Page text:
David Stansell: Green Party candidate hopes to influence rivals on climate change policies

Ham & High's Hampstead and Kilburn Hustings at UCS Frognal on 02.12.19. Green Party candidate David

Ham & High's Hampstead and Kilburn Hustings at UCS Frognal on 02.12.19. Green Party candidate David Stansell. Picture: Polly Hancock - Credit: Archant

It’s unusual to hear a candidate admit he knows he’s not going to win.

Yet on Monday night at the Ham&High hustings, Green Party hopeful David Stansell admitted he wasn't likely to sweep to a shock victory next week, but added his candidacy was to hold candidates feet to the flames.

"We've got better chances of picking up seats in places like Bristol West and the Isle of Wight, and that's where our campaign focus is.

"This is about building a base of activists and support. This election has been very useful for gaining support and getting young people engaged here. It's less about winning, and more about influence," he said.

Mr Stansell said the environment has been a passion of his since a child, and is a keen animal rights supporter too, describing them as "peers". He joined the Green Party in the 1990s, being a dormant member until recent years.

He said he was pleased the environment is getting more attention in this election, but admitted it was a "difficult conversation" to have. He attributed to a lack of focus on the issue until now to "vested interests".

"Persuading people to do something for a benefit in 20 years time isn't easy," he said. "Now people do recognise it is important. The question is making stuff stick and avoiding these being more hollow words that they're comfortable with, for a tangible plan with committed investment. Whichever government wins, it has to stick to a long term plan to fix it."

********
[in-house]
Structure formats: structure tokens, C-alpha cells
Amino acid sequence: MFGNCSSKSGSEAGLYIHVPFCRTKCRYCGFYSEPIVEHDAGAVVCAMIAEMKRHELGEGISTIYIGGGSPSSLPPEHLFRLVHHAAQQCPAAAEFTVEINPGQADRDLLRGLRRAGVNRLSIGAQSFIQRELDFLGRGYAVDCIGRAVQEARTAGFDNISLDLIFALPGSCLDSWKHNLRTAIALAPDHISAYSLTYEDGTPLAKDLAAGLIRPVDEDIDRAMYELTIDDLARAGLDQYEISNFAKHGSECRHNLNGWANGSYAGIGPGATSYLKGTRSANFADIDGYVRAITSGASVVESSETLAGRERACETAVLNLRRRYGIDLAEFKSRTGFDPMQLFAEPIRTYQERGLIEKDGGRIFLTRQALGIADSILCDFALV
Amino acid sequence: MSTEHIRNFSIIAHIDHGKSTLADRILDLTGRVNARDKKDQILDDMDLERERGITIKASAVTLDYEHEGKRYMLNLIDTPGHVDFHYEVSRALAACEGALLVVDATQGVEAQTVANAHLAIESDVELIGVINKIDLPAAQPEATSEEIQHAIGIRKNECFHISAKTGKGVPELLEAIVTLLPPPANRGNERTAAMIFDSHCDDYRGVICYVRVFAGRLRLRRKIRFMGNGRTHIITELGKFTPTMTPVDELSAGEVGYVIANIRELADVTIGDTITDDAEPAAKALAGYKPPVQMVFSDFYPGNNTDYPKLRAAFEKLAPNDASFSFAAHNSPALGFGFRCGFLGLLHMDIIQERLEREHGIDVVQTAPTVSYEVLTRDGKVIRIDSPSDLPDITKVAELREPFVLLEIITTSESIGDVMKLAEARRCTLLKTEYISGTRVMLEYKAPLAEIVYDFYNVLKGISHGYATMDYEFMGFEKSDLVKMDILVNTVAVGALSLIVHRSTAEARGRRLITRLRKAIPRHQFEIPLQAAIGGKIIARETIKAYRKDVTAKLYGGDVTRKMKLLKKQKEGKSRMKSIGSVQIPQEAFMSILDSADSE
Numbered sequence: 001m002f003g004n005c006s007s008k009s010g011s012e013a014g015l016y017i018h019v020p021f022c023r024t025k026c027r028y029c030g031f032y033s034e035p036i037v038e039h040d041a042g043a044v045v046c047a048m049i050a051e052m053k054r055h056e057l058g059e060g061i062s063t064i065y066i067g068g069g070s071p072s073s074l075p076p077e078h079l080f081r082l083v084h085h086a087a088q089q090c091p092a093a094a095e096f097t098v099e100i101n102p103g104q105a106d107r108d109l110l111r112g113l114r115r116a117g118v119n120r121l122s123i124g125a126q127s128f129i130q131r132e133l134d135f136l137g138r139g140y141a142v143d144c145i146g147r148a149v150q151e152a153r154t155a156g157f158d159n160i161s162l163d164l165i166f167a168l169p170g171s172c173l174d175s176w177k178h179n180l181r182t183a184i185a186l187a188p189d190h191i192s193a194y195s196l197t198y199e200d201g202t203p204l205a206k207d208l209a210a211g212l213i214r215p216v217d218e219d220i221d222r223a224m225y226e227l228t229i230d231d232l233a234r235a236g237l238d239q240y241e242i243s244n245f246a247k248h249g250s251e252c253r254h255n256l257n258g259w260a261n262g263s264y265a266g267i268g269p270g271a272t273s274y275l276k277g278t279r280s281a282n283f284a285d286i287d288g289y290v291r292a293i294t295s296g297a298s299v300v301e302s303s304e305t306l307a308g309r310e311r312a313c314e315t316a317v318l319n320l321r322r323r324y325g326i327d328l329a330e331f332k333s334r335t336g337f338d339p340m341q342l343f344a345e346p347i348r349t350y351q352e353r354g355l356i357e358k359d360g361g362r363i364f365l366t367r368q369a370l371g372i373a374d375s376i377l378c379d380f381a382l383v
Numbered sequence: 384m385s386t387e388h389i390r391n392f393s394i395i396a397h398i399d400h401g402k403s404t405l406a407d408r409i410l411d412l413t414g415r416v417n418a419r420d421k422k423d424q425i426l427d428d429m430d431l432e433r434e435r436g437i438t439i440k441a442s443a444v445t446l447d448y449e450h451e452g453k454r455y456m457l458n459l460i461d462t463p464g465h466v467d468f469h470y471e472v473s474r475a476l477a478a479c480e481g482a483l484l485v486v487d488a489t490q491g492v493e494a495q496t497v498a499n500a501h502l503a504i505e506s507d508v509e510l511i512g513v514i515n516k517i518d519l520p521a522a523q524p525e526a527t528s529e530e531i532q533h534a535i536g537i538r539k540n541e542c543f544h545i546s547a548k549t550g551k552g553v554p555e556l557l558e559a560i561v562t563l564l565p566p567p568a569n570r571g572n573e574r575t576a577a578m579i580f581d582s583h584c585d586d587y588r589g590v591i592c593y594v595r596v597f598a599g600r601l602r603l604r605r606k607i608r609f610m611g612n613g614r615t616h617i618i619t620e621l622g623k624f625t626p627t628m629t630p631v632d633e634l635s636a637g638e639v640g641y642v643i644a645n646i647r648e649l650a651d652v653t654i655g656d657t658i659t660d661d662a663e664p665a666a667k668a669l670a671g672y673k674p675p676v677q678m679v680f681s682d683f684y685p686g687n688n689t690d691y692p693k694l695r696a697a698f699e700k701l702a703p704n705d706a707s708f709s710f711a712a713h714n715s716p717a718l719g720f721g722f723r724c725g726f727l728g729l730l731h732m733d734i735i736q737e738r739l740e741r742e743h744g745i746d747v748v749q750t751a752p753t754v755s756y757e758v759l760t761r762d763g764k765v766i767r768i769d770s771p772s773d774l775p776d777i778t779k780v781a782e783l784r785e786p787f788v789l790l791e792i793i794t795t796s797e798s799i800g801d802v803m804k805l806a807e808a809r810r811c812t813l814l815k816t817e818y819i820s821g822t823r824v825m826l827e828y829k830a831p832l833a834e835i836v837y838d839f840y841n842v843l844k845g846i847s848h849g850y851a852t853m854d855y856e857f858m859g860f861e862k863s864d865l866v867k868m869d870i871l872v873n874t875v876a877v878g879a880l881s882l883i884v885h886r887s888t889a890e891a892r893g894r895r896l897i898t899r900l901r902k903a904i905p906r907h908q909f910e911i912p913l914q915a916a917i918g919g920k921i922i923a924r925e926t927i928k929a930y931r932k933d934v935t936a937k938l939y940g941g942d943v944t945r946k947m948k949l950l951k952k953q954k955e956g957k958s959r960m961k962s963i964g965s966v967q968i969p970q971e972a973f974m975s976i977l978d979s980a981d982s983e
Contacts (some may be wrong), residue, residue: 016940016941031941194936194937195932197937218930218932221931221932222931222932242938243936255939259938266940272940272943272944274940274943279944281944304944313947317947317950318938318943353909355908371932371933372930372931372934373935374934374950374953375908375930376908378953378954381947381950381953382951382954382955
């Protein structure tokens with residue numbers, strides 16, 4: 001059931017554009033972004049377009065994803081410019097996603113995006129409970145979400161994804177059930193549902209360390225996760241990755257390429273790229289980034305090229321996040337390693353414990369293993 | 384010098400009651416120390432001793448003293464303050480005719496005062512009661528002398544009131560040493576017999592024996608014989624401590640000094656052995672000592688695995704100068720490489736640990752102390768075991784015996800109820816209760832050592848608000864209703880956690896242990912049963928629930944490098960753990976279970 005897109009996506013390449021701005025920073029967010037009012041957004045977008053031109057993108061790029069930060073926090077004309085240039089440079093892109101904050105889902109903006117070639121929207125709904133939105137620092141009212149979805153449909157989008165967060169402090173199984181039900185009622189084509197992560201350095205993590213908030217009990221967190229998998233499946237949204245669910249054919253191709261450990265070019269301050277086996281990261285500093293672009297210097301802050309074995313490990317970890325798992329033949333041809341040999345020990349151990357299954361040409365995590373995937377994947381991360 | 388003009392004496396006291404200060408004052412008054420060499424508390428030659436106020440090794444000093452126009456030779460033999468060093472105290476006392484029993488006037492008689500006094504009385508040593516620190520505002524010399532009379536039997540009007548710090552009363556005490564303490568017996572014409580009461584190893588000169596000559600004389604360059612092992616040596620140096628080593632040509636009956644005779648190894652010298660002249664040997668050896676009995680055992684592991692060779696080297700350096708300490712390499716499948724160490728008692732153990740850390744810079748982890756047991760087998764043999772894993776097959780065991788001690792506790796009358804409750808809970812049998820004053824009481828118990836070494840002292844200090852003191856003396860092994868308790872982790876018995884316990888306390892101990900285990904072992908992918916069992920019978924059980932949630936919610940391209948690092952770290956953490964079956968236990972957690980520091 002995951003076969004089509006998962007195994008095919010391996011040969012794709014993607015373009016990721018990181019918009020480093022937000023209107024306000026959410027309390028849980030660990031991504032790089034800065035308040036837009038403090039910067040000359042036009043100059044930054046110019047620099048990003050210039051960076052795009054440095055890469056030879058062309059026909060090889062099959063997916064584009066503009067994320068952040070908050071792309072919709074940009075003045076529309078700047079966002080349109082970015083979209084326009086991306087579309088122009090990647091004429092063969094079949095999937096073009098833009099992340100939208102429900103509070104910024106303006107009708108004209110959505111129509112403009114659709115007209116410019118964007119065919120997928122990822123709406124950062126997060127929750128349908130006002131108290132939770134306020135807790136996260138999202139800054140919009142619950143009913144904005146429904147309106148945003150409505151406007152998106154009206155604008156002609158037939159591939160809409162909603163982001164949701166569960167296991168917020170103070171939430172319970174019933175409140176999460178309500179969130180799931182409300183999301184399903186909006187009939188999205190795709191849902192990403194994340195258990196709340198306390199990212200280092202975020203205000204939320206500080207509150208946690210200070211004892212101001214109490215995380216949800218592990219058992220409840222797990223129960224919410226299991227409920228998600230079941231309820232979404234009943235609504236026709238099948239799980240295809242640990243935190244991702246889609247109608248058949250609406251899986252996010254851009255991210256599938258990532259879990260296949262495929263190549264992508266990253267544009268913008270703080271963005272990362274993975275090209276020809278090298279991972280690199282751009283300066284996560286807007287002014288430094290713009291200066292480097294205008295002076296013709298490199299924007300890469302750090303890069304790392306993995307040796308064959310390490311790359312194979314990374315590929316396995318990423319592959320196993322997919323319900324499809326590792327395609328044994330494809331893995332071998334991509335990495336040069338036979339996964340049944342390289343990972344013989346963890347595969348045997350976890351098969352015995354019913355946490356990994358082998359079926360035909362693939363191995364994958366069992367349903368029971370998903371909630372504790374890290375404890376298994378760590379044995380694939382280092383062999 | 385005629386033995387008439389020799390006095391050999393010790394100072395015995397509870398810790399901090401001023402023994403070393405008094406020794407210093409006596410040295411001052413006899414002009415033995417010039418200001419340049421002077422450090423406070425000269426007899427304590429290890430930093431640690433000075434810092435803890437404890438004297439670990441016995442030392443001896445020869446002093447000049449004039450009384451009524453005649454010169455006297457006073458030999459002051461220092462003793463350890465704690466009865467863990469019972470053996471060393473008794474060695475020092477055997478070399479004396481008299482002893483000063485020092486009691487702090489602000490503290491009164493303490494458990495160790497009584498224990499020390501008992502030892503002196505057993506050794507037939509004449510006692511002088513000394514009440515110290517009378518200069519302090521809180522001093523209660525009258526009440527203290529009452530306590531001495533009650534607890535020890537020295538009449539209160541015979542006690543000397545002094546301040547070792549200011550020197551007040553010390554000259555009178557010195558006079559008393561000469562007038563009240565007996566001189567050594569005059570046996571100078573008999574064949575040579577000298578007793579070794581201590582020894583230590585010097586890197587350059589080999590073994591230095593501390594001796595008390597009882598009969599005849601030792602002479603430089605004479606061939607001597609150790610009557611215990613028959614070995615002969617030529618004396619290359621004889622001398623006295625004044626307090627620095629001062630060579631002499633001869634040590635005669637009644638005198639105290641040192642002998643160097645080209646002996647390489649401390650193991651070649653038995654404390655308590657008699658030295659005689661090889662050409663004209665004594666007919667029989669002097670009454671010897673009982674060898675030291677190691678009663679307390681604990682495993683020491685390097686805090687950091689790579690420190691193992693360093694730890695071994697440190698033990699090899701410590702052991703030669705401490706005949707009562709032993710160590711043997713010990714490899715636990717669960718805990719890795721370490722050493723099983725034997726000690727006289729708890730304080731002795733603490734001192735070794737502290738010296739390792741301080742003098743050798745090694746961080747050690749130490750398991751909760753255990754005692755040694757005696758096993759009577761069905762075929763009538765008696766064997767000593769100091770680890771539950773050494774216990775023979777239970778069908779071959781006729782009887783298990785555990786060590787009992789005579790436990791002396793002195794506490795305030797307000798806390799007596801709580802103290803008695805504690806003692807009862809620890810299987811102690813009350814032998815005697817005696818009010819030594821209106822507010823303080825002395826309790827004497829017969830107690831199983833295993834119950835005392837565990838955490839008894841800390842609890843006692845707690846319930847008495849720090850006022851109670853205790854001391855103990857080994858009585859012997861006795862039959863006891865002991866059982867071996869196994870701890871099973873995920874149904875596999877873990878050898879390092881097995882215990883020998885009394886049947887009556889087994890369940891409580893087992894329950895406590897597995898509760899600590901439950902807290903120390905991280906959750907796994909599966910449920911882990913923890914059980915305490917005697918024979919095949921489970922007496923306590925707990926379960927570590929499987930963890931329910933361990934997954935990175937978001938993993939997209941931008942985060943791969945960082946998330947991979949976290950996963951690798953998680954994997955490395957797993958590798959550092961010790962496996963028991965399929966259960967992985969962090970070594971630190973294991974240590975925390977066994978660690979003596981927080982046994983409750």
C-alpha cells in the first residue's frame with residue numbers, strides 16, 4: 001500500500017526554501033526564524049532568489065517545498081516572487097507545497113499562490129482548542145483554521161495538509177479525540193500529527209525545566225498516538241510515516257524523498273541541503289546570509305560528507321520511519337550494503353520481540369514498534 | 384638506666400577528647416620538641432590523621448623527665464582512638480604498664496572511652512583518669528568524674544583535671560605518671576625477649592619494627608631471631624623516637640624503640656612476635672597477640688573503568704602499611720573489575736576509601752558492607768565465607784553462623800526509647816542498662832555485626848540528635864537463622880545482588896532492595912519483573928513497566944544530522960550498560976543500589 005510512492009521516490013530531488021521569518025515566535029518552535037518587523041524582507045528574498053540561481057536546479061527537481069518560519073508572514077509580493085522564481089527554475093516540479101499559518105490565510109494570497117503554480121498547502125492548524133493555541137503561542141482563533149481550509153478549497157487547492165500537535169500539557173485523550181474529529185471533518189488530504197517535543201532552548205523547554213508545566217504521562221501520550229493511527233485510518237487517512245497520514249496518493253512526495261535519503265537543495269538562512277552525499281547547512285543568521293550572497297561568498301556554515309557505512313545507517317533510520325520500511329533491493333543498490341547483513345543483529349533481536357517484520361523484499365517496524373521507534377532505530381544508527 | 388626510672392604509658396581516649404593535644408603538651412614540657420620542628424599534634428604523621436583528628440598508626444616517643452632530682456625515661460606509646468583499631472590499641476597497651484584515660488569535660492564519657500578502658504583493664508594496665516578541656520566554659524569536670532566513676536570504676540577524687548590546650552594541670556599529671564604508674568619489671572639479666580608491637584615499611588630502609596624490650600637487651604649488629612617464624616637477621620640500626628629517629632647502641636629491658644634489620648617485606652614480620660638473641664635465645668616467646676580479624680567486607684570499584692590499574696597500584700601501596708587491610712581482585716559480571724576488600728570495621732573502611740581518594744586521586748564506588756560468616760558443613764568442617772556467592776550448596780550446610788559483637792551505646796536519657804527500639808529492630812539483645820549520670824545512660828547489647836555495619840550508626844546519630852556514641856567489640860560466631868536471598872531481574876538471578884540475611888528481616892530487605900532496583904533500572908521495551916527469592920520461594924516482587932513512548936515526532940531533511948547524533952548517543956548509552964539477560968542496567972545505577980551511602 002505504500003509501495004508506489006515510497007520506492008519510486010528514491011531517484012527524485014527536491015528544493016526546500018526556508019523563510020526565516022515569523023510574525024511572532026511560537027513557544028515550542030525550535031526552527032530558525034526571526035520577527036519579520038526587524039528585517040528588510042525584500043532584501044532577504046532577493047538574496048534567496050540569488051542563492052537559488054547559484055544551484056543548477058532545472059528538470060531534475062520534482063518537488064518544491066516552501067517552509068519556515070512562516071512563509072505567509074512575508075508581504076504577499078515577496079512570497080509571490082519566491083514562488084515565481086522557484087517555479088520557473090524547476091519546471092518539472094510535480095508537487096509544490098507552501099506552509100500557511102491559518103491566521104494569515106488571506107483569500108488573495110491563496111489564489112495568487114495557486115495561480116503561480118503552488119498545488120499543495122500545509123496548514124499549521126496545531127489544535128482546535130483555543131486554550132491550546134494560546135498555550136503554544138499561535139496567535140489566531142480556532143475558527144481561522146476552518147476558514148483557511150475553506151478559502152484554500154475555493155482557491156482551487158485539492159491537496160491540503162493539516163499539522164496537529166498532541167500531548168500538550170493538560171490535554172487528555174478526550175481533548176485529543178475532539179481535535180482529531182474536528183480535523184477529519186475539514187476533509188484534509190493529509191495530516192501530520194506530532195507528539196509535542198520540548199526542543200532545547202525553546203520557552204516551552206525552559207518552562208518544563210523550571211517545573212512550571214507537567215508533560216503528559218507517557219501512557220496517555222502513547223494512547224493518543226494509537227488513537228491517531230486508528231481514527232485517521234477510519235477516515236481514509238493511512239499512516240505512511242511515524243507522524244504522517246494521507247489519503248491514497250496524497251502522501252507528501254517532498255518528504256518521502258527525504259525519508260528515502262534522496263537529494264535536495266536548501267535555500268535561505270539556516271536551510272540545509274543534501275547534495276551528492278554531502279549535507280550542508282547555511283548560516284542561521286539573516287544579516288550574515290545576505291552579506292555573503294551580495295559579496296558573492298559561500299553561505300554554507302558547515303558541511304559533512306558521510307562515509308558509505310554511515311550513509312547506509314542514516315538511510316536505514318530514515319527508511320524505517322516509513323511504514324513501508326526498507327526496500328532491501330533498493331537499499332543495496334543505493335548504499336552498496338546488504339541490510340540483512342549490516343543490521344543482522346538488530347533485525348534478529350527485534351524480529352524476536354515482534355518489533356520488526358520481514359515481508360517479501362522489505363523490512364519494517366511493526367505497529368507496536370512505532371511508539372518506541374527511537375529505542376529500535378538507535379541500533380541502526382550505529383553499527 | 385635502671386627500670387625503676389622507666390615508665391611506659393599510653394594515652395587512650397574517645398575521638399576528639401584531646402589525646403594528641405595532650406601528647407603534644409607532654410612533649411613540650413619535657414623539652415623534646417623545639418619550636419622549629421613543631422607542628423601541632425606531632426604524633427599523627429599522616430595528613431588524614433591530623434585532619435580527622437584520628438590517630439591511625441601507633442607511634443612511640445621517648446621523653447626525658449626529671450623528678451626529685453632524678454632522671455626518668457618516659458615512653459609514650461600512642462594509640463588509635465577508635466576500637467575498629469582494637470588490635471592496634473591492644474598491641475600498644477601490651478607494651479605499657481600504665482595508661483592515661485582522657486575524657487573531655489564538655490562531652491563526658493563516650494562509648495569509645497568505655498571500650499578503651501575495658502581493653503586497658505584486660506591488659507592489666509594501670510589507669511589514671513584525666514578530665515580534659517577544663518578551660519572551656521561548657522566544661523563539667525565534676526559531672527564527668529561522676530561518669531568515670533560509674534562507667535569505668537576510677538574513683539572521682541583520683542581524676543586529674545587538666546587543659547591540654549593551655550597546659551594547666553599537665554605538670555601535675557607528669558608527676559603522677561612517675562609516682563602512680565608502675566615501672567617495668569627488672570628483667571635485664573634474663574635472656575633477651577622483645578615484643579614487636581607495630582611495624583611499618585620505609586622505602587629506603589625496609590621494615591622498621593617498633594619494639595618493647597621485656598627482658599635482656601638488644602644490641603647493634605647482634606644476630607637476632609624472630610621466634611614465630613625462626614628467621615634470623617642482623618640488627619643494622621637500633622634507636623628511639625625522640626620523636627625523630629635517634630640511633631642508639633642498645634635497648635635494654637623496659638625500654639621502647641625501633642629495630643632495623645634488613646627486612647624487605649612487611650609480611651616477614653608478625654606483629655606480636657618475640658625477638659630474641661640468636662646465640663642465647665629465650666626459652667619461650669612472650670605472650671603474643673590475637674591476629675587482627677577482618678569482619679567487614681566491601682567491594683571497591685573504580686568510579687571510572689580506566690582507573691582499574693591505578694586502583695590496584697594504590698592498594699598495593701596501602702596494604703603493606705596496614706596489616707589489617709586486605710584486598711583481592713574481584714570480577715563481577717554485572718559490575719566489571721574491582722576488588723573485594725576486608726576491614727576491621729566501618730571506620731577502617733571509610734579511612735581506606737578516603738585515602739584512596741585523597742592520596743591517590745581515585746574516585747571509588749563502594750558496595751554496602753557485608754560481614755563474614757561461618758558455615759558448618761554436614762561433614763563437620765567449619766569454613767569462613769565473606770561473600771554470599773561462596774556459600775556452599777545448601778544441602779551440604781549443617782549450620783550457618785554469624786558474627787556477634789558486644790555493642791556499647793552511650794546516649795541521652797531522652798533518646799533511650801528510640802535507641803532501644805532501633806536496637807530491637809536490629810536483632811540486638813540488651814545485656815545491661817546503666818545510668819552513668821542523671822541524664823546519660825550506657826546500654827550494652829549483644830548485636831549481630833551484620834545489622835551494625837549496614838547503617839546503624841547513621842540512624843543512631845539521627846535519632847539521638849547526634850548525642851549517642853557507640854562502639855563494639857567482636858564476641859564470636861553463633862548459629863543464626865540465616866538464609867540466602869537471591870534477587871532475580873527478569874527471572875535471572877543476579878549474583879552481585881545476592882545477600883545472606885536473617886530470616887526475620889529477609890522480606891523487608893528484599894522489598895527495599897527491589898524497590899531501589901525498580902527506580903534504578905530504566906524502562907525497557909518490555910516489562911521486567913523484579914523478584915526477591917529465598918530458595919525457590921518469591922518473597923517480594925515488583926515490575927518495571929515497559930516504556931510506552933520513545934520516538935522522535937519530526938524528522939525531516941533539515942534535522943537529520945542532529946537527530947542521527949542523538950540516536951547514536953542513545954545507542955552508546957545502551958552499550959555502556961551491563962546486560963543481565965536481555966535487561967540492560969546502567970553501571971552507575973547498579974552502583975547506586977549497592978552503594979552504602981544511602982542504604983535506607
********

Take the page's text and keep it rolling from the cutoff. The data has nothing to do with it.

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Like the other candidates in the race, he voted Remain, but expressed his dismay that all parties hadn't listened enough after the Brexit vote three years ago. His party has pledged to hold a second referendum.

He said: "We have to offer people a choice between hope or more division, and approach this in a constructive way.

"People hadn't been listened to in terms of their life conditions, and they felt that. We need to understand why people voted Leave."

The 57-year-old management consultant grew up in the South West, moving to Scotland when his factory manager father Patrick got a job north of Hadrian's Wall.

He attended Glenalmond private school and went on study at Edinburgh University, getting into politics through conversations over coffee with friends stretching into the early hours. He said that despite attending a private school, he is "not comfortable" with the system, believing it "entrenches entitlement" and is outdated.

He said: "They maintain and enforce societal divisions which I feel very uncomfortable about. They fulfilled a function in the days of empire when people had to be trained to go and run bits of it. That job is gone and we have to have a stance as a country which is more about leadership and management. That means listening and helping people find their own roles in society and helping them be fulfilled."

Mr Stansell gives a nuanced answer when asked about whether he is optimistic about the years ahead. He said he is worried about the short-term future, but is more optimistic about society in the long term.

He said: "People collect around visions with a positive values rather than negative ones. I have a huge faith in people and I think it's our job to give people something tangible and positive that they can work with and helps take them forward. That's our job.

"The problem we've got right now is too many people are fighting to get power and keep power at all costs. It's destroying us as a nation and society. We have to be more respectful with each other."